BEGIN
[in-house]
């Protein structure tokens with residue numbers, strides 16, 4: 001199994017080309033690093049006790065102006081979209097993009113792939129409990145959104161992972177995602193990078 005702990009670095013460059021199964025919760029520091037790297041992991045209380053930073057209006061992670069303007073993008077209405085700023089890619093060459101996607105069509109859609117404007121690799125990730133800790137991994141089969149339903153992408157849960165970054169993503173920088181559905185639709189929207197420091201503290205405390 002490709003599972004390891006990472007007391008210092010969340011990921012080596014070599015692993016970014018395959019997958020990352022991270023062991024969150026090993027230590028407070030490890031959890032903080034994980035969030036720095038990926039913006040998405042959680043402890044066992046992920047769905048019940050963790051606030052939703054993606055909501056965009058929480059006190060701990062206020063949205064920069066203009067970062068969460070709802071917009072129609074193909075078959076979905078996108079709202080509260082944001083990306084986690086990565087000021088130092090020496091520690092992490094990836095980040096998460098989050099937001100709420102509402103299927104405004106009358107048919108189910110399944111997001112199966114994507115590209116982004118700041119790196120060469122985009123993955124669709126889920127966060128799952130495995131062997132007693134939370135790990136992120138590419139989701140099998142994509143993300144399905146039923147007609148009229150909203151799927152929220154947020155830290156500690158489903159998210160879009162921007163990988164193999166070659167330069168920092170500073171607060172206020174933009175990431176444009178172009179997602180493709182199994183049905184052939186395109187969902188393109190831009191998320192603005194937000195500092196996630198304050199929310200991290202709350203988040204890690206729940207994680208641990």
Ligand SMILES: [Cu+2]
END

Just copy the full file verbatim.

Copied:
[in-house]
């Protein structure tokens with residue numbers, strides 16, 4: 001199994017080309033690093049006790065102006081979209097993009113792939129409990145959104161992972177995602193990078 005702990009670095013460059021199964025919760029520091037790297041992991045209380053930073057209006061992670069303007073993008077209405085700023089890619093060459101996607105069509109859609117404007121690799125990730133800790137991994141089969149339903153992408157849960165970054169993503173920088181559905185639709189929207197420091201503290205405390 002490709003599972004390891006990472007007391008210092010969340011990921012080596014070599015692993016970014018395959019997958020990352022991270023062991024969150026090993027230590028407070030490890031959890032903080034994980035969030036720095038990926039913006040998405042959680043402890044066992046992920047769905048019940050963790051606030052939703054993606055909501056965009058929480059006190060701990062206020063949205064920069066203009067970062068969460070709802071917009072129609074193909075078959076979905078996108079709202080509260082944001083990306084986690086990565087000021088130092090020496091520690092992490094990836095980040096998460098989050099937001100709420102509402103299927104405004106009358107048919108189910110399944111997001112199966114994507115590209116982004118700041119790196120060469122985009123993955124669709126889920127966060128799952130495995131062997132007693134939370135790990136992120138590419139989701140099998142994509143993300144399905146039923147007609148009229150909203151799927152929220154947020155830290156500690158489903159998210160879009162921007163990988164193999166070659167330069168920092170500073171607060172206020174933009175990431176444009178172009179997602180493709182199994183049905184052939186395109187969902188393109190831009191998320192603005194937000195500092196996630198304050199929310200991290202709350203988040204890690206729940207994680208641990």
Ligand SMILES: [Cu+2]